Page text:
On May 15, I discovered that the Bethlehem Steel North Administrative building was going to be demolished.  There was a sign posted regarding the demolition on the backside of the building where the public eye would not be able to see it.  In addition, the demolition equipment was strategically located behind the building as well.  Gateway Trade Center intended on erasing this 1901 Beaux Arts beauty from the waterfront’s landscape without anyone knowing until it would be too late. But thanks to a couple of dedicated urban explorers/bloggers/activists, the cat was out of the bag, so to speak.

This industrial, historic, bitter-sweet building has been dormant for the last 30 years… longer than I’ve been on this planet.  Critics have asked why preservationists are just stepping in now. They want to know where everyone has been for the last 30 years or even 20 years.  Well, I cannot answer that. What I can say is that I (we) am here now. I am old enough, educated enough, and worldly enough to be able to try to do something… not for me, but for everyone.

Many of Lackawanna’s people have fond memories of this building that was designed by Lansing Holden.   They have driven past to say their good-byes.  Thankfully, however, the demolition has been postponed.  With the passionate and tireless efforts of preservation gurus, Buffalo Young Preservationists, and concerned citizens, the demolition has been temporarily halted.  It has been discovered that this copper ornamented, terra cotta structure was not in as rough of shape as Lackawanna wanted you to think.  It was also learned that Gateway was receiving a $500,000 grant for Restore New York Communities Initiative to assist in demolition fees. Gateway tried to use those funds without completing the required adaptive-reuse study beforehand. They have now lost those funds and have to use their own money to demolish the building. The postponement buys time to get this grand building on the National Register of Historic Places as well develop more implementable reuse plans.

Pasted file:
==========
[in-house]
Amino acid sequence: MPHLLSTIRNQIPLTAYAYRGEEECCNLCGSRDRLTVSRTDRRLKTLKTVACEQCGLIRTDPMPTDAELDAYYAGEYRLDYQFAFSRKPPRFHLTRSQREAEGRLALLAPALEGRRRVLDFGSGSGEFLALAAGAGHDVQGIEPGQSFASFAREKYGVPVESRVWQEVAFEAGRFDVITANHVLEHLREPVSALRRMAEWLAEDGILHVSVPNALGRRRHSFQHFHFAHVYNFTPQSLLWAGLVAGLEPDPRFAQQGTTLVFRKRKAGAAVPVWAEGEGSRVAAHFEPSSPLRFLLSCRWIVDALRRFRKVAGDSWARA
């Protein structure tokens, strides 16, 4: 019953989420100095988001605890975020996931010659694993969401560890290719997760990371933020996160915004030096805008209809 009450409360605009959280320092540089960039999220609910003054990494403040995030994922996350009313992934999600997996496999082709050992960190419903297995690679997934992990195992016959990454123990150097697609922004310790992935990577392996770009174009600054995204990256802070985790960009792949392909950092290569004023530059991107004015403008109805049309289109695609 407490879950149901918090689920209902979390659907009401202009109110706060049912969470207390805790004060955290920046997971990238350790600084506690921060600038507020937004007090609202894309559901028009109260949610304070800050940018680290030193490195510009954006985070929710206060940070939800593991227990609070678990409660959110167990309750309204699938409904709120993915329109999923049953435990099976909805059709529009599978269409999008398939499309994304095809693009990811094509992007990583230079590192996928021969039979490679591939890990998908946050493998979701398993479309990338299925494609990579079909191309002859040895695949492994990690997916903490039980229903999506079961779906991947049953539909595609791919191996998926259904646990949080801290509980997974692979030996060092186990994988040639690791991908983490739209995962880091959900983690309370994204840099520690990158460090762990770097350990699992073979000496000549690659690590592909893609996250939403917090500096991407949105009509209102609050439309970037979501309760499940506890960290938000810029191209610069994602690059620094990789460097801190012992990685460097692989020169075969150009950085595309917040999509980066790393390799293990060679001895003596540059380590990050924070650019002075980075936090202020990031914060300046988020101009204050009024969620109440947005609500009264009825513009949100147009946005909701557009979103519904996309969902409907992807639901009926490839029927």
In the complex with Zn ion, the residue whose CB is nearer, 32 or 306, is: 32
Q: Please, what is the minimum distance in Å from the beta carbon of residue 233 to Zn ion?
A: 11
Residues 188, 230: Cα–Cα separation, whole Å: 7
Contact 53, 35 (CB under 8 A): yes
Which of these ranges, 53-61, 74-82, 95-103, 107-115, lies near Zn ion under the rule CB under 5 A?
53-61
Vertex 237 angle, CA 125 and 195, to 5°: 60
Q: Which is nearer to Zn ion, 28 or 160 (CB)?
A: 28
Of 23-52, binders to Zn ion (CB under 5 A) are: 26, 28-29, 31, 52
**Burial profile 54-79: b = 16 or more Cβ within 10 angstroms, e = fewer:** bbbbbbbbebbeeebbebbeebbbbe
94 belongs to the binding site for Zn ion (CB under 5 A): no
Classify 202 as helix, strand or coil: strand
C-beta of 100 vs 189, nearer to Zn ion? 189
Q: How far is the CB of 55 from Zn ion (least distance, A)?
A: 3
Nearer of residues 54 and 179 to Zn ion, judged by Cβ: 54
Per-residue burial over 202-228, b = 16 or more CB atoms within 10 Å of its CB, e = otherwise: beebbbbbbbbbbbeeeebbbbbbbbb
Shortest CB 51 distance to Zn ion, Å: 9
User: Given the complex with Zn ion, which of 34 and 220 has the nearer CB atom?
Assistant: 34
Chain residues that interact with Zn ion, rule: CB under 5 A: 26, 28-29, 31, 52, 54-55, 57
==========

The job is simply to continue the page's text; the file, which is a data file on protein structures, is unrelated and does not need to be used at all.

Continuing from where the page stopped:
Mayor Szymanski has been quoted saying, ”I am tired of hearing about our glorious past. I think preservation societies are only trying to preserve what once was, as opposed to moving our region in a positive direction.”  Americans, including Szymanski, are entitled to their opinion, but I can’t help but wonder if the Lackawanna Mayor is educated with the benefits of preservation.  Preservation is authentic and helps to retain the fabric of an area, it is a green option, it creates jobs, brings in tourists, it is economically a wise decision for many reasons, and we owe it to future generations to keep fundamental elements from the past.

The bigger question here is, how come the city of Lackawanna didn’t enforce building codes since Gateway took ownership?  If Gateway would have buttoned-up the building better and would have maintained it to code, the building would not have experienced the weathering and deterioration that it has experienced. It also would not have been victim to vandalism.

The Bethlehem Steel North Administrative building is just a few yards away from the city line. It is located on Lake Erie’s waterfront.  It is the terminus of the Outer Harbor. The same Outer Harbor that has been revitalized over the last two summers.   As progress continues to head in the direction of Lackawanna, this building will be fundamental.  The adaptive-reuse possibilities are practically limitless.  If the building goes, I am confident that we will regret it in the future when it is too late.